Wednesday, June 23, 2010

A Black Eye

I’ve purposely not written about this because of all of the fallout. Not to mention that since I’ve become a part of management at my company I have to take care as to what I say. I’m certainly free to express my opinions about any topic, but with this particular subject I have to be a little more circumspect than I normally would.

Over the past few weeks there has been a lot of publicity, not to mention considerable controversy, over the disciplinary action taken against 213 EMT’s in Massachusetts. These people were found to have been on rosters of refresher classes and ACLS recertification classes that never happened. Their existence, according to the findings of the investigation, was falsified. And money was exchanged.

The two people that were found to be the “ringleaders” of this mess were revoked in Massachusetts for life. A number of others were suspended for 2 years and some others were suspended for 45 days. There are reasons for these suspensions that exist, and I will try to make sense of them. The vast majority were suspended for 9 months.

One point that needs to be made clear in all of this is that the people involved are not new providers and this wasn’t initial training or education; the vast majority of them are senior-level providers with years of experience.

The scale of this is absolutely staggering. And I suspect this is only the beginning. I say this because this has spread into both New Hampshire and Rhode Island. Because of the money exchanged there are tax implications. People who used these certifications to re-license or renew the provider certificates, whether they know it or not, committed fraud. Then there is the issue of patients who could potentially claim they weren’t cared for by qualified providers. And I haven’t even touched on the Medicare/Medicaid implications.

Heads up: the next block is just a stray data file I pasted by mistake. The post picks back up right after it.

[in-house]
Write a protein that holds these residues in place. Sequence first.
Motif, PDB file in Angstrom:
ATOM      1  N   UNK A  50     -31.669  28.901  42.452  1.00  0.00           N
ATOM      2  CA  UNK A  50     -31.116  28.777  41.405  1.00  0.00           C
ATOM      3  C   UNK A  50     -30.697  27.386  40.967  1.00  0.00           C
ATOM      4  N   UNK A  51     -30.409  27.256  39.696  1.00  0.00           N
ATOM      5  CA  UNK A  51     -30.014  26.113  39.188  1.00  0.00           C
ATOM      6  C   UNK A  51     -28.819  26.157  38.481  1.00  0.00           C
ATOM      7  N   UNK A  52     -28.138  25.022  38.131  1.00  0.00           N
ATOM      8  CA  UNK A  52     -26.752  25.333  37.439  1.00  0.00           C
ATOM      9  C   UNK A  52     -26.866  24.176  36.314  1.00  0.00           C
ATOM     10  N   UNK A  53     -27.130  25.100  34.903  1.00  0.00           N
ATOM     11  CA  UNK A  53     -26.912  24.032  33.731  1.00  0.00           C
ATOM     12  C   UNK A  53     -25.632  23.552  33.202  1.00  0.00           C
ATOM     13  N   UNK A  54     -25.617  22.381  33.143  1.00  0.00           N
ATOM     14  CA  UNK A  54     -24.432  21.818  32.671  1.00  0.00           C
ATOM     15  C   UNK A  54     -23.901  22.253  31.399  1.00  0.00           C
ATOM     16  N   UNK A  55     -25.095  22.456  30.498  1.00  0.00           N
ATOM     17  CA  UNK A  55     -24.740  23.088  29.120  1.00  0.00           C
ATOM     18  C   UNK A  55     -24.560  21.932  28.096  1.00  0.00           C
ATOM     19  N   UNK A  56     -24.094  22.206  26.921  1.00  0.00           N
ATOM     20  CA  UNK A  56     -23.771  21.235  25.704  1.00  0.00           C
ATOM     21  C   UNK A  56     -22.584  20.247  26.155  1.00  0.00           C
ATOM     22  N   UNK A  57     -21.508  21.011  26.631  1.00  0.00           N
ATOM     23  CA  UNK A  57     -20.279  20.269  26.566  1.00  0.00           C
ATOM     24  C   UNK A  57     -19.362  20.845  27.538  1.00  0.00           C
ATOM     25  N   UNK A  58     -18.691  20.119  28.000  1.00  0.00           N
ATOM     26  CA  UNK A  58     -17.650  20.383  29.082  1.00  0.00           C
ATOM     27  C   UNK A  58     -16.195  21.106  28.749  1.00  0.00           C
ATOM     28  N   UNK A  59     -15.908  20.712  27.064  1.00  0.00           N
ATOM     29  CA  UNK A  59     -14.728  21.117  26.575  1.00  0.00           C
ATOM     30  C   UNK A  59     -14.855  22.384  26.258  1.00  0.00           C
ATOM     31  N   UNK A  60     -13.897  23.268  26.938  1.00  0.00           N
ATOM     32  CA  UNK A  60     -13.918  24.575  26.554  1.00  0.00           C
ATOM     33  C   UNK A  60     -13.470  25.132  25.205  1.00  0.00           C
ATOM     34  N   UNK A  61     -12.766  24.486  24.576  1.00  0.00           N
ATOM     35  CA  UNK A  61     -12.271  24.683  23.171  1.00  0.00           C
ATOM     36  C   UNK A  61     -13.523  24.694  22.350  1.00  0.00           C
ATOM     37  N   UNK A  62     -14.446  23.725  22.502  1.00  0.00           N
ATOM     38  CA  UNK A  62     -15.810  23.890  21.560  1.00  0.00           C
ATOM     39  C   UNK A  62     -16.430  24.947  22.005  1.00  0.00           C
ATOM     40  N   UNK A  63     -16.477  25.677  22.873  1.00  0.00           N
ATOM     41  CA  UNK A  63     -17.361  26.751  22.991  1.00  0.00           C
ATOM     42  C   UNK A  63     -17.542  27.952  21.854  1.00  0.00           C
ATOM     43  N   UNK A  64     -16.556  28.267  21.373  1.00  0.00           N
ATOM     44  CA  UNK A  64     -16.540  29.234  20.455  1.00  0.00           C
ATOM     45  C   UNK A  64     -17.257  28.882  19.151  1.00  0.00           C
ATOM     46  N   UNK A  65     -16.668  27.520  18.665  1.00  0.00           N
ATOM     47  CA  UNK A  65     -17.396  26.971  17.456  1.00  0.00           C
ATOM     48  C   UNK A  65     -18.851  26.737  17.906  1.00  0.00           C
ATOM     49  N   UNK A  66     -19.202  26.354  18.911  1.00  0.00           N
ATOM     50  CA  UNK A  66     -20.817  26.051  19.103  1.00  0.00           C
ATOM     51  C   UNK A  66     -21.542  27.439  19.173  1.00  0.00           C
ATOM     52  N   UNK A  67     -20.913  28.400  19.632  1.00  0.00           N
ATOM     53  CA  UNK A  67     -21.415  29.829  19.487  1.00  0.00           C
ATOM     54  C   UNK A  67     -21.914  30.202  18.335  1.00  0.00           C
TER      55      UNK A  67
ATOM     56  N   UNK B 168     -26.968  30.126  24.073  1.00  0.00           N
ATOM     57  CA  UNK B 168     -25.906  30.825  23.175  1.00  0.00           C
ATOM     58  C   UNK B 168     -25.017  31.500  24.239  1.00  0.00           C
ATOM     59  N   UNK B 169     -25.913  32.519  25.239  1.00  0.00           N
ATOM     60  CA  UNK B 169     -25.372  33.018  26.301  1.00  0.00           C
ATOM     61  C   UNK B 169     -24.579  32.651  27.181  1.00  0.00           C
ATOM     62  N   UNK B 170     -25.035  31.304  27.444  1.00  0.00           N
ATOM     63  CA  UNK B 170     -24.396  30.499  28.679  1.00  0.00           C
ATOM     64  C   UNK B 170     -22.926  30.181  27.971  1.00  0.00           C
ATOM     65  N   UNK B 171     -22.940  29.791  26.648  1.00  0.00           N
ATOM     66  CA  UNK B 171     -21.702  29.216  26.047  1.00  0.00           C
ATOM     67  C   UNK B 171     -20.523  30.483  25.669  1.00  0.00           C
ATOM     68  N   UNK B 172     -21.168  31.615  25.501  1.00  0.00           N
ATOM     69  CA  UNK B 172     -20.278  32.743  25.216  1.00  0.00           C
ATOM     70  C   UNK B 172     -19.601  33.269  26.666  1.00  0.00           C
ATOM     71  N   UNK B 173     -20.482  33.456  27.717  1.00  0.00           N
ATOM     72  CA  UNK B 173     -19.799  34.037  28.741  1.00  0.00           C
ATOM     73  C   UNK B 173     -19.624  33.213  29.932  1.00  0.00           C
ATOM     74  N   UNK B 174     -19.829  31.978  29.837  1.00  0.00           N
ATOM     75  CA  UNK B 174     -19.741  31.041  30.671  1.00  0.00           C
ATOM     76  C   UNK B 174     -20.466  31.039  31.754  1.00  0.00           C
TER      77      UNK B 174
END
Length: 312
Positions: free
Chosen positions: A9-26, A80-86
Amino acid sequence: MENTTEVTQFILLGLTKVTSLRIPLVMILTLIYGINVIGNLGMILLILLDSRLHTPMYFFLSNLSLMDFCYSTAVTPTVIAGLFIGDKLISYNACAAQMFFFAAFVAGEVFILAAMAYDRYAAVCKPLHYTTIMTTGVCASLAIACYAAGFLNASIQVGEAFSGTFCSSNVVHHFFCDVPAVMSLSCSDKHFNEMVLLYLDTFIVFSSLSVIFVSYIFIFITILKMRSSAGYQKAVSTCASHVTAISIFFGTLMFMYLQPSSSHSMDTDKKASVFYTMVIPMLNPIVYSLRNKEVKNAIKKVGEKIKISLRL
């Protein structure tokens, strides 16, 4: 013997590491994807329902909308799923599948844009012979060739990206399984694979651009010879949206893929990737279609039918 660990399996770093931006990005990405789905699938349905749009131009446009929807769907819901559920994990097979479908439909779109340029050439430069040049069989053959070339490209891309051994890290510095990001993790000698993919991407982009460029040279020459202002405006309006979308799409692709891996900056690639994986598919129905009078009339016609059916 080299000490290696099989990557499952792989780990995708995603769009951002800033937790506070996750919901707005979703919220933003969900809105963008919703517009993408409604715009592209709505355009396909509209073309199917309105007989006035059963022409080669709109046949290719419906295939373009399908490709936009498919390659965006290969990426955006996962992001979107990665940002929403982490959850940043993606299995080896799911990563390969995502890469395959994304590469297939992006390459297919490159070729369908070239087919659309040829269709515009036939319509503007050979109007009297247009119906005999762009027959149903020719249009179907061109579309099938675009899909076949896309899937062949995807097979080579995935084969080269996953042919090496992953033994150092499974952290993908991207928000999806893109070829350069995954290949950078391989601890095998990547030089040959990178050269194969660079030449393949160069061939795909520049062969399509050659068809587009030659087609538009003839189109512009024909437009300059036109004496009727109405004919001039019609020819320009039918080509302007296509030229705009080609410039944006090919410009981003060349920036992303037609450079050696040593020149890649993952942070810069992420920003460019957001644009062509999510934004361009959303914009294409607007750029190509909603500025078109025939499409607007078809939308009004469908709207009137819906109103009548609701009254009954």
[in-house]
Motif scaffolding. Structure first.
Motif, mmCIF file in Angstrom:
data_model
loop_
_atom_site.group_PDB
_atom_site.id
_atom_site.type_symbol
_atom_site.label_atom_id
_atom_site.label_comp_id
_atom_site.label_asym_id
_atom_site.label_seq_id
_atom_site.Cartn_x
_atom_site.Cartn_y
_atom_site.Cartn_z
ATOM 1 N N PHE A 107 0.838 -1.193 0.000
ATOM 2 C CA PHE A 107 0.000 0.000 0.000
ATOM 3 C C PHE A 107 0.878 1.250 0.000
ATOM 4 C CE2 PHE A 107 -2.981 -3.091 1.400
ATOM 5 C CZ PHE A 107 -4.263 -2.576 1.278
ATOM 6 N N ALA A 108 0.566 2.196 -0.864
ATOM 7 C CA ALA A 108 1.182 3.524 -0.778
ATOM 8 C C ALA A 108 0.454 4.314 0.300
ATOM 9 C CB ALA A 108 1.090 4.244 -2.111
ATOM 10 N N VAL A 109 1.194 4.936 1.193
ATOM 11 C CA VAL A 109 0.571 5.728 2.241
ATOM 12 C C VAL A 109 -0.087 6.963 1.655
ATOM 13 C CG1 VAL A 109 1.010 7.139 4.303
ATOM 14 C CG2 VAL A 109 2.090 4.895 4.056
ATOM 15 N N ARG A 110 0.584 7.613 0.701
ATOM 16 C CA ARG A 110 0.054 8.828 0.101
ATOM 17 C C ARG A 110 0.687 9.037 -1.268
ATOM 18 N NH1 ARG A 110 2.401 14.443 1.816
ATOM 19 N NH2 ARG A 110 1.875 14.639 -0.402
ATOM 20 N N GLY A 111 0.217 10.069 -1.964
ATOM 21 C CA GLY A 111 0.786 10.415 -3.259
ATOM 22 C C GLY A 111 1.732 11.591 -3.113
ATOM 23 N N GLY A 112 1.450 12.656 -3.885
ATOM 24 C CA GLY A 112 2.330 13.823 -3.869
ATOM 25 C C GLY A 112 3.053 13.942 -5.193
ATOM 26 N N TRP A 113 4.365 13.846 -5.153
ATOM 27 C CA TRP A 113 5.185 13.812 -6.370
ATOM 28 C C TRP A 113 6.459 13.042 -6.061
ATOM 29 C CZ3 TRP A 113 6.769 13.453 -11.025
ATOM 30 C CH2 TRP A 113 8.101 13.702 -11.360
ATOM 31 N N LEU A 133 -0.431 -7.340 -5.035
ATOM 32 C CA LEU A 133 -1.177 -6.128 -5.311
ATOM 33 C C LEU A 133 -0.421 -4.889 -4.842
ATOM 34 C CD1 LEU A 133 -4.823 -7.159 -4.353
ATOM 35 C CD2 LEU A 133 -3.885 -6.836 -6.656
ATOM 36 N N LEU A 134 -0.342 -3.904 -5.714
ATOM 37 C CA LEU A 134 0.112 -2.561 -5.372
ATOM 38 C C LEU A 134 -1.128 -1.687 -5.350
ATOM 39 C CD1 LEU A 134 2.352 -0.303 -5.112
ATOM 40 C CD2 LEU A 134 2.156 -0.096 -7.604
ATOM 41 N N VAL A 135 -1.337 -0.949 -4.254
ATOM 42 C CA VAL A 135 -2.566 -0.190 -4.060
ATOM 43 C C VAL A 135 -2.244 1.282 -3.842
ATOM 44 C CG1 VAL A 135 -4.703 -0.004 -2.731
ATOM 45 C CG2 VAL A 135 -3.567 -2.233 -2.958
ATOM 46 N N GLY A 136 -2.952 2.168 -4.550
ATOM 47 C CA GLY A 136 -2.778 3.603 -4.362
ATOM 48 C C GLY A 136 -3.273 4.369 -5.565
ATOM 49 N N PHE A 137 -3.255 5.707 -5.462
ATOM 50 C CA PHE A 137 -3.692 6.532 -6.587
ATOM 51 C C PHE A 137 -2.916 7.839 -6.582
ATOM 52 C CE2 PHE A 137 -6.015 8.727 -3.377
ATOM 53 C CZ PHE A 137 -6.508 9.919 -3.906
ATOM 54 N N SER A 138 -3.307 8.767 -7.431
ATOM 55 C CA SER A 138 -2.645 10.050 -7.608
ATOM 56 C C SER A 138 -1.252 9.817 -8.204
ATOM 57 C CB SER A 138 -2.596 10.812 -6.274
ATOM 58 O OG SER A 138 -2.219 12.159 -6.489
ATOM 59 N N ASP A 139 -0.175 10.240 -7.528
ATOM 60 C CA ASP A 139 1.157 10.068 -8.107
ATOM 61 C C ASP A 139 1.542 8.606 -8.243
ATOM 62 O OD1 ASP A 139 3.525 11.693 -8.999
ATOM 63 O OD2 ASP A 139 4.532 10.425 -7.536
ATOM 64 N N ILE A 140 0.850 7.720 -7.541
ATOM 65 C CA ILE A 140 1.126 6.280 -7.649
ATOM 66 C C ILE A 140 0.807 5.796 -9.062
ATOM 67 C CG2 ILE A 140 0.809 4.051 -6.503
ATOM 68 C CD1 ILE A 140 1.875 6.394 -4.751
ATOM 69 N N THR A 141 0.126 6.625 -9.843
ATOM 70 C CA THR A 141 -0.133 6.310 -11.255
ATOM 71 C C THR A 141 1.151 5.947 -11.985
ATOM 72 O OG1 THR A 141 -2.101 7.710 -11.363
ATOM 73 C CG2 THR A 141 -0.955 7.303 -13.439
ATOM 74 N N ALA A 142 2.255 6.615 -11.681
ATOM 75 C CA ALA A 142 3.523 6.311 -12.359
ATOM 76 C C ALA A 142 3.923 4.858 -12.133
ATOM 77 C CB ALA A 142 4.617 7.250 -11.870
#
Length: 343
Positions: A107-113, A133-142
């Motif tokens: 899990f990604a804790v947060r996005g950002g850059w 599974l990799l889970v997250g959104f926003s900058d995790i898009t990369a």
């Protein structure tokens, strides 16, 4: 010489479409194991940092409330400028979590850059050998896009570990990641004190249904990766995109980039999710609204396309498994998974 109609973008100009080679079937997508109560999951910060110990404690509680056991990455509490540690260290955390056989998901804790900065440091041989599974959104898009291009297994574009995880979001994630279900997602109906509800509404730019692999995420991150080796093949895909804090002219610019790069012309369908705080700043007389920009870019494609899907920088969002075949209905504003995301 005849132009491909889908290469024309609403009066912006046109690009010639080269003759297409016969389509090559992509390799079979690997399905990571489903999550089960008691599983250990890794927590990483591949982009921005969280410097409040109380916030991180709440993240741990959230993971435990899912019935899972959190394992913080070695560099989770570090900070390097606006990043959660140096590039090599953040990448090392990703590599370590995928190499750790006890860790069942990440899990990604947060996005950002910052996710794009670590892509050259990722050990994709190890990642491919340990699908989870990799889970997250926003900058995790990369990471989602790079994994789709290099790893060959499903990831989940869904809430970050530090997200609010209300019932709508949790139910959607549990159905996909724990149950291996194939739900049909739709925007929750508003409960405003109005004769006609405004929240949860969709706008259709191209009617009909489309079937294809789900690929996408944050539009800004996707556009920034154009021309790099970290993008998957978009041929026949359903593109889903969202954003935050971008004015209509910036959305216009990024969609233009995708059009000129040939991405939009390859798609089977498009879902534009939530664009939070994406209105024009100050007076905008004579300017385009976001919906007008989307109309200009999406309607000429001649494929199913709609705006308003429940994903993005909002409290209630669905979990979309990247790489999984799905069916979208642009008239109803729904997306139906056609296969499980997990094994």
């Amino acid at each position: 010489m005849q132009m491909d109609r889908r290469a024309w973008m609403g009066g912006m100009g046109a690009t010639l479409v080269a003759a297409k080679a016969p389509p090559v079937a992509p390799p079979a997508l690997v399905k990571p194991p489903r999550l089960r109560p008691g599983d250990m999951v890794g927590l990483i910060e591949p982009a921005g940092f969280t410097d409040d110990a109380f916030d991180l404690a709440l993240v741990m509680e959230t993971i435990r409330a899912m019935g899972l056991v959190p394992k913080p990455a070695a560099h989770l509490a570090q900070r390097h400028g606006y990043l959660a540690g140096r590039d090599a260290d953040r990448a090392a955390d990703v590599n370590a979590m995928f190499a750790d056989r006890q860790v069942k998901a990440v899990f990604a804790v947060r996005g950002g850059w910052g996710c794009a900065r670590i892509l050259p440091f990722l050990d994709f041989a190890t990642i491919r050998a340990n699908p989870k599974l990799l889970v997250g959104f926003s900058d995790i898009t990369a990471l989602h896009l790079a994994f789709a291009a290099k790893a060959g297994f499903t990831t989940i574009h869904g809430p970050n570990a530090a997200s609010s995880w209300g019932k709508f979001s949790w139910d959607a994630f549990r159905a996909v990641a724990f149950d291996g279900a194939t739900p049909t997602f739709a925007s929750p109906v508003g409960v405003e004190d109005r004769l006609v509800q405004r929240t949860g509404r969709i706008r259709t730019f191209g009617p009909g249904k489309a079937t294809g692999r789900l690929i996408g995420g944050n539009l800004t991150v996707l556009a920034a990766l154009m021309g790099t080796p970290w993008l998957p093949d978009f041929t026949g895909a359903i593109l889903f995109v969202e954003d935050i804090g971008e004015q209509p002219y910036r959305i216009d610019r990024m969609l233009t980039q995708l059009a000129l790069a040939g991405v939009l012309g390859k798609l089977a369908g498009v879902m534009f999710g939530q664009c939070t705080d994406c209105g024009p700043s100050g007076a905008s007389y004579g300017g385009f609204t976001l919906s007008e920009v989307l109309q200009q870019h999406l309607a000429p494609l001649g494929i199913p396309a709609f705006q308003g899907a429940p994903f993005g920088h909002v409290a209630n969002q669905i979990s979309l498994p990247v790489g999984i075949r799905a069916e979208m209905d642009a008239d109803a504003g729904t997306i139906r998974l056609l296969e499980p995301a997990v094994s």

It makes me sad, and it also makes me angry. Sad because so many people were involved. Angry because it didn’t have to happen.

One thing that will likely happen is that the whole education and certification process will be revamped. The overhaul process could take years

As I said, I suspect this is only the beginning. And it’s going to become more painful as time goes on.

5 comments:

TOTWTYTR said...

Sadly, I don't think that the entire process will be revamped. What I think will happen is that efforts to ensure that people follow the current counter productive refresher and continuing education system will be strengthened. More pointless audits, more OEMS staffers sitting in classes to make sure that we all sit and pay rapt attention to a subject that we've heard 20 times before.

None of which excuses the actions of these cretins, because they've made it harder on all if us.

Sadly, I haven't heard a condemnation of this from anyone in the fire service hierarchy. Which makes me doubt their true commitment to actually providing medical care. Which is a totally different topic, one that I'll leave for another time.

I feel bad for you and the majority of Cataldo personnel who follow the rules. Same goes for the Trinity guys and gals. This is just going to be one more burden you guys don't need.

Walt Trachim said...

One thing I can say about the potential of overhaul is that while I do believe something will happen, I don't know how far it will go. Incidentally, I agree with you when you mention that OEMS will audit everything that happens everywhere from now on. That, just by itself, will make obtaining EMS continuing education much more difficult.

Also, I don't expect to see anything substantial happen during my career. If anything does change, I suspect it will be after I have retired. And I probably have between 15-20 years left...

TOTWTYTR said...

Sadly Walt, I have to agree with you about the pace of change in EMS. For people who supposedly offer a rapid response to a crisis, we sure are slow to respond to a crisis within the the industry.

Then again, it's not as if most people in OEMS actually have much field experience, if any. Their motto is, "Saving lives, one meeting at a time."

Anonymous said...

This phenomenon seems pervasive across many professions. Management is clueless about what goes on every day in the "trenches". They have meetings and form committees to solve problems or implement change. This process takes months and sometimes years. And at the end of the day, nothing really changes.

Medic(three) said...

Seems silly to risk so much to avoid a few hours of classroom time.